The U.S. Air Force Academy Approach to Model United Nations

by Conna Walsh on October 11, 2017

This article was written by Ryan Harden, a Cadet in his final year at the U.S. Air Force Academy and a member of Cadet Squadron 24.  Currently, he is expected to graduate in May 2018 with a B.S. in Economics.  He considers New Hampshire, Maryland, and Washington D.C. as his ‘home.’  Additionally, the views expressed in the article by Ryan do not represent the views of United States Air Force Academy, the U.S. Air Force, the Department of Defense, or the U.S. Government.  This article was a collaboration between Ryan and Jonah Bhide, the MUN team captain, who edited the article.

From 2010 to 2013, a man from rural Washington assumed command of the most hostile region in the world. Dubbed the “Warrior Monk” for his intellectualism in the upper ranks of the Marine Corps, Secretary James Mattis would haul his 6,000 book library collection with him when he deployed to Central Command. As the Unified Combatant Commander, he joined the ranks of other famous military leaders and stood out as one of the most credible and knowledgeable men when facing threats from violent extremist organizations.

In a testimony on Capitol Hill, he eloquently stated “[if] you don’t fund the State Department fully, then I need to buy more ammunition ultimately,” demonstrating the tradeoffs between “hard” and “soft” power. Further, this line exemplified the fundamental ties between the Department of State and the Department of Defense; or, more aptly, diplomacy and war.  

At the U.S. Air Force Academy, we understand the strength of words and diplomacy. Often, in the political arena, rhetoric has the ability to diffuse tension, mitigate conflict outbreaks, and promote prosperity through universal values. Further, the Service Academies and the Model UN Team strive to promote the importance of diplomatic affairs and the significant impact it can have on national security and global preeminence. Whether the two are promoted independently or jointly is less of a concern than the emphasis that is placed on furthering cooperation and peace. More simply, our team provides a foundation for both young men and women to learn how decisions by military and civilian leaders are made in the context of international relations.

Our team would not be recognizable to old members. Over the past three years, our organization has risen from a “one-conference-a-season” team to one that has seen success in a variety of settings that range from more traditional structures to crisis-oriented conferences. The team is more ambitious than ever, and coupled with renewed vigor and robust practice schedule, the Academy’s Model UN Team has set itself on a hopeful and promising vector.

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The U.S. Air Force Academy Model UN team at UCLA’s LAMUN 2017, where they won Outstanding Small Delegation.

To elaborate, over the past season the Academy’s Team has reaped the benefits of institutional recognition and support through growing the team in size and experience while remaining as an increasingly motivated and ambitious campus club. For example, whether our team went to North West MUN in Seattle, to the International Model NATO Conference, or to UCLA’s annual conference, our team won in each arena. For the first time in school history, the team became ranked in the nation’s Top 75 teams based on just UCLA’s conference. Thankfully, the team’s drastic improvement was captured by our resident Dean of Faculty that recognized the Academy’s Model UN Team as one of the four “Dean’s Teams” and one of the most prestigious debate-oriented teams at this institution.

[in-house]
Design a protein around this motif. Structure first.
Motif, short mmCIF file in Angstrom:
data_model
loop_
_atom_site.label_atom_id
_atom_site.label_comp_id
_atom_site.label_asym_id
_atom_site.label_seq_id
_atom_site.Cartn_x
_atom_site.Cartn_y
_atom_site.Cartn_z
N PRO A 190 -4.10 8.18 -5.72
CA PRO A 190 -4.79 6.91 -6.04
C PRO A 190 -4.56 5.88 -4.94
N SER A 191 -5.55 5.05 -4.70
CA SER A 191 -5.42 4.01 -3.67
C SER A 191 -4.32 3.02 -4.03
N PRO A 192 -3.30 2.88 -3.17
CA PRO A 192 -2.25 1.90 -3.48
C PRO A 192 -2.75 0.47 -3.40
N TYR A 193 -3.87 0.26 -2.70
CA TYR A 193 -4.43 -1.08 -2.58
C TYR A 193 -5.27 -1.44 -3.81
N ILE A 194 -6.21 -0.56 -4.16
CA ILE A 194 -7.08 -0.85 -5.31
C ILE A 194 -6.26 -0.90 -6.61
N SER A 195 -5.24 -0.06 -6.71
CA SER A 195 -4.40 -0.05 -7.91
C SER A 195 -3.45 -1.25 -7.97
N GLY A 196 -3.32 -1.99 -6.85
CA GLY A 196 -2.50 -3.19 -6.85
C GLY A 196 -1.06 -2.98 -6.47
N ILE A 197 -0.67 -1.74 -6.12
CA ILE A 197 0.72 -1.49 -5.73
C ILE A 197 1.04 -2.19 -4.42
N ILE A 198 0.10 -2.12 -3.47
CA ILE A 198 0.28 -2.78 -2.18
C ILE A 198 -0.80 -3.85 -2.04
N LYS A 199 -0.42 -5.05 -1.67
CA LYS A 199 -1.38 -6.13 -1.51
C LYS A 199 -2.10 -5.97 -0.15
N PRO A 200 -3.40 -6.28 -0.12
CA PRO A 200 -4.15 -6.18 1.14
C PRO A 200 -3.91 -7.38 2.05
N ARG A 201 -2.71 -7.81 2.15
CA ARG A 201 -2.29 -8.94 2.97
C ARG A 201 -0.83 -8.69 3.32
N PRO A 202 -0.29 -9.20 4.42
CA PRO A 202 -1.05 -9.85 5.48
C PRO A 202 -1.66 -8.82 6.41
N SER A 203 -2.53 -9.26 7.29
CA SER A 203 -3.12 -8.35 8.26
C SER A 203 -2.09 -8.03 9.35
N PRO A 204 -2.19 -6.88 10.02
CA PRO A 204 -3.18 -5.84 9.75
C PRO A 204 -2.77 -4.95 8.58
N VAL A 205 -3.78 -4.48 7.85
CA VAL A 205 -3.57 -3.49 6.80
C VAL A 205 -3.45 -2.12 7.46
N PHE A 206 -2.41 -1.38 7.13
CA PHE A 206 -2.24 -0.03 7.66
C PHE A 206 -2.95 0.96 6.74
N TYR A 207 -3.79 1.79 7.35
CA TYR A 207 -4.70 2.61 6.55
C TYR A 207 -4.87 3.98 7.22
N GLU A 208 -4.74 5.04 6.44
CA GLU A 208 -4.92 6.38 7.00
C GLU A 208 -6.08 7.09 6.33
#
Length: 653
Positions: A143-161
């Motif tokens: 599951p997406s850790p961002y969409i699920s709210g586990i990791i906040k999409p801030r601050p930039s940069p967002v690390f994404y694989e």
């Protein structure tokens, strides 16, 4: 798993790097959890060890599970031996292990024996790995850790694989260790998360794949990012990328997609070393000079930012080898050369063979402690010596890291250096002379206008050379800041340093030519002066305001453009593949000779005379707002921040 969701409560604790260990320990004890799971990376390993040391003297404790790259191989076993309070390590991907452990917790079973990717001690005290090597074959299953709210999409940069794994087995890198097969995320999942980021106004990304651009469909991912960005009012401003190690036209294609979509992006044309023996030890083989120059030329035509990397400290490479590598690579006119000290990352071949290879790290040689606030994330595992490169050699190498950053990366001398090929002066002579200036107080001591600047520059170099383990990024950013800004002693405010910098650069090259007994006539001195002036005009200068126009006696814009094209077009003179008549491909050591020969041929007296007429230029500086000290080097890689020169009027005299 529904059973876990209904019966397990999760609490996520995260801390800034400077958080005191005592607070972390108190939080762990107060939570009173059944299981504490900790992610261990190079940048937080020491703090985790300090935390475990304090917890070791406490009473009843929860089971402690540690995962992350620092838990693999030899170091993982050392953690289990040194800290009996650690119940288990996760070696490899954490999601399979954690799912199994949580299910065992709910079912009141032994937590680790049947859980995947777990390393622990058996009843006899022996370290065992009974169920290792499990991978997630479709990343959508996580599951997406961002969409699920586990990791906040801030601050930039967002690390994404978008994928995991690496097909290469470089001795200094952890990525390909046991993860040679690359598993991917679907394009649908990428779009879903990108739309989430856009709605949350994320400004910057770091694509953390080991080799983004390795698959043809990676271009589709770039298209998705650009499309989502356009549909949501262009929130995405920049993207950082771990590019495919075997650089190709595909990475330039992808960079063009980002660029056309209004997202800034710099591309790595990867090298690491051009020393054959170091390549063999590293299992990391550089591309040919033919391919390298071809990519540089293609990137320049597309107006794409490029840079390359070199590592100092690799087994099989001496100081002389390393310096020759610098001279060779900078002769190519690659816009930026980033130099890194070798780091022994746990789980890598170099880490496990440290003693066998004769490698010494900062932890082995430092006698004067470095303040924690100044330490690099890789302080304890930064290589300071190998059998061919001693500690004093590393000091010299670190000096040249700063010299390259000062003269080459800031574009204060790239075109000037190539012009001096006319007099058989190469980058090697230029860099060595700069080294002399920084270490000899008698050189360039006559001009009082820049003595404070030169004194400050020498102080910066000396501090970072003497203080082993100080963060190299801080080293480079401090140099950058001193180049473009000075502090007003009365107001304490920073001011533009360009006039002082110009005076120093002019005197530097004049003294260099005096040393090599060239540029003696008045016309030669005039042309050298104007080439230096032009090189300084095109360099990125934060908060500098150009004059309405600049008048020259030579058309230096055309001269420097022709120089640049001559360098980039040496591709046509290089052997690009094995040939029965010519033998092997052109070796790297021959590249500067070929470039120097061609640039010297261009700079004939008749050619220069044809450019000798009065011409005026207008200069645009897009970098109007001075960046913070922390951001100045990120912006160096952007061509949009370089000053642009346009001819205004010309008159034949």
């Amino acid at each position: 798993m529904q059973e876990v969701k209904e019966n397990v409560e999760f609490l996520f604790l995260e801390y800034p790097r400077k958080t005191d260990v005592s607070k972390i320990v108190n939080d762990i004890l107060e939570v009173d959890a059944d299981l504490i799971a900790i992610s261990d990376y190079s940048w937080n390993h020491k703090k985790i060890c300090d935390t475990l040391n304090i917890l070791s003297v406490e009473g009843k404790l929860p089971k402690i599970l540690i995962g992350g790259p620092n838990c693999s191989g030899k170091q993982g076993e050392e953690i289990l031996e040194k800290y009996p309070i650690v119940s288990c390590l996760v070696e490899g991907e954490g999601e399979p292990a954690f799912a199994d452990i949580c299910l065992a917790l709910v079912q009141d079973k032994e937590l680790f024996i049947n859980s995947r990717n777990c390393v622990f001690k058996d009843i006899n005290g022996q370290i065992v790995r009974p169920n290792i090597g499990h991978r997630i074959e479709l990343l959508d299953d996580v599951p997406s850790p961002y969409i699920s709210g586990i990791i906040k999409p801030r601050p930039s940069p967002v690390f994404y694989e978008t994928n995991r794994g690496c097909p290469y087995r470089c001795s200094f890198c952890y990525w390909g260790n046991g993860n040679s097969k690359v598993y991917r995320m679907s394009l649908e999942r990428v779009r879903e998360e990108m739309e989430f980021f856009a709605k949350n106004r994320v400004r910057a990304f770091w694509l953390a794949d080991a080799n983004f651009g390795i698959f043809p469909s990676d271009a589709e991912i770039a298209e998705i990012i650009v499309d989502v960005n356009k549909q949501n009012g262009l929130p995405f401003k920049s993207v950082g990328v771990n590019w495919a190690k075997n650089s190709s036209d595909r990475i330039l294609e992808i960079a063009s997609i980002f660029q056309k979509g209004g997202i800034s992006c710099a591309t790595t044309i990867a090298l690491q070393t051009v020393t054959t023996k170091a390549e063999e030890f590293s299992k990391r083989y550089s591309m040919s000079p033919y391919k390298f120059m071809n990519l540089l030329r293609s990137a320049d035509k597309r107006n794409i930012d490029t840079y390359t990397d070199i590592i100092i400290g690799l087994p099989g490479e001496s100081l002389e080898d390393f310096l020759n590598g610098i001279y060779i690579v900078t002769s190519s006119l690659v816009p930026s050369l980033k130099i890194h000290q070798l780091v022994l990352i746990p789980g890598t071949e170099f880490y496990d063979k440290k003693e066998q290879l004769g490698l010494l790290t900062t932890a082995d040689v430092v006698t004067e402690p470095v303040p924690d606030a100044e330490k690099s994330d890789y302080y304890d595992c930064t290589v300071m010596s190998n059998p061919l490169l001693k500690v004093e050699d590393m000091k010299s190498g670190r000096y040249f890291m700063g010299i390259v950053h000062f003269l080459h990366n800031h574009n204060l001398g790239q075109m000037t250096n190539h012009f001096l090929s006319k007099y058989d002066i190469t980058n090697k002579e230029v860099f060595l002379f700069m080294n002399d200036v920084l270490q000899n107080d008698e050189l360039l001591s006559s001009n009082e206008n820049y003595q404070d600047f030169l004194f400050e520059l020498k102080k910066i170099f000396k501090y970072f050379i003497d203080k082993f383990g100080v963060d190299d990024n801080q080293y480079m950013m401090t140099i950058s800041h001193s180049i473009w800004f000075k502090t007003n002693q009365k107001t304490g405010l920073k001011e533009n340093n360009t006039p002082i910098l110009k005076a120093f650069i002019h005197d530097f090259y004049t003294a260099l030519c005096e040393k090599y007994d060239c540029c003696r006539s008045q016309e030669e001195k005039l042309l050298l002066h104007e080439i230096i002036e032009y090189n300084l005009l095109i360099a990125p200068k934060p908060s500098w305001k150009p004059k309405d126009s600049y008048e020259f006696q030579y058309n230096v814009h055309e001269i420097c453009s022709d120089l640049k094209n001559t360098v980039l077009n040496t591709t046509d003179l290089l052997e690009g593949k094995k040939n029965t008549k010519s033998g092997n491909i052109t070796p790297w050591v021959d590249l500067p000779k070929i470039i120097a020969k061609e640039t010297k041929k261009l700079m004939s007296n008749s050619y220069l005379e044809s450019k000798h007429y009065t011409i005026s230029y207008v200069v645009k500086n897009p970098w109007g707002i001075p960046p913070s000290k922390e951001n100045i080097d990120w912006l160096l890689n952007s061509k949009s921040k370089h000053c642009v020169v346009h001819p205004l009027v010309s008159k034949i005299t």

However, the positive results stemmed from both luck and preparation. Our team has a very methodological practice schedule by hosting panels that discuss various issues that pertain to a member’s country assignments; strategic explorations that enrich a delegation’s knowledge; and connect debate in the context of international affairs and the U.S. Air Force.

As military members of the U.S. Air Force, much of our time is dedicated to cadet military training – whether that is landing a glider, flying Cessna aircraft, field training, or parachuting. We draw on these experiences in preparation and execution; our team can respond to high-stress, intensive situations with poise, tact, and resolve both in and out of committee.

The U.S. Air Force’s responsibilities and capabilities are often left exclusively to those in uniform. We hope through engagement with civilian college students that our team will be able to share best practices with other universities. The Academy’s Team operates on the philosophy that a shared expertise of diplomacy and knowledge between military personnel and civilians will not only make good officers, but further civilian-military relations. Through understanding the professional challenges of our peers, we hope to learn from our military counterparts and enhance our capabilities in the future to protect and defend the United States from all enemies; foreign and domestic.  

Most importantly, we hope to share in the dialogue between civilians and military members. For other students around the country, it may be a unique opportunity for them to learn about like-minded individuals who are committed to the U.S. Government and to national security. By interacting and exchanging goals, perspectives, dreams, hopes, and desires, we hope to foster a greater sense of commitment to service. Whether the service is achieved through Teach for America, the Armed Forces, advocating for civil liberties, we hope to truly work towards a nation where the best, smartest, most-talented individuals employ the philosophy of non sibi – not for one’s self. This, simply, is why we compete.  

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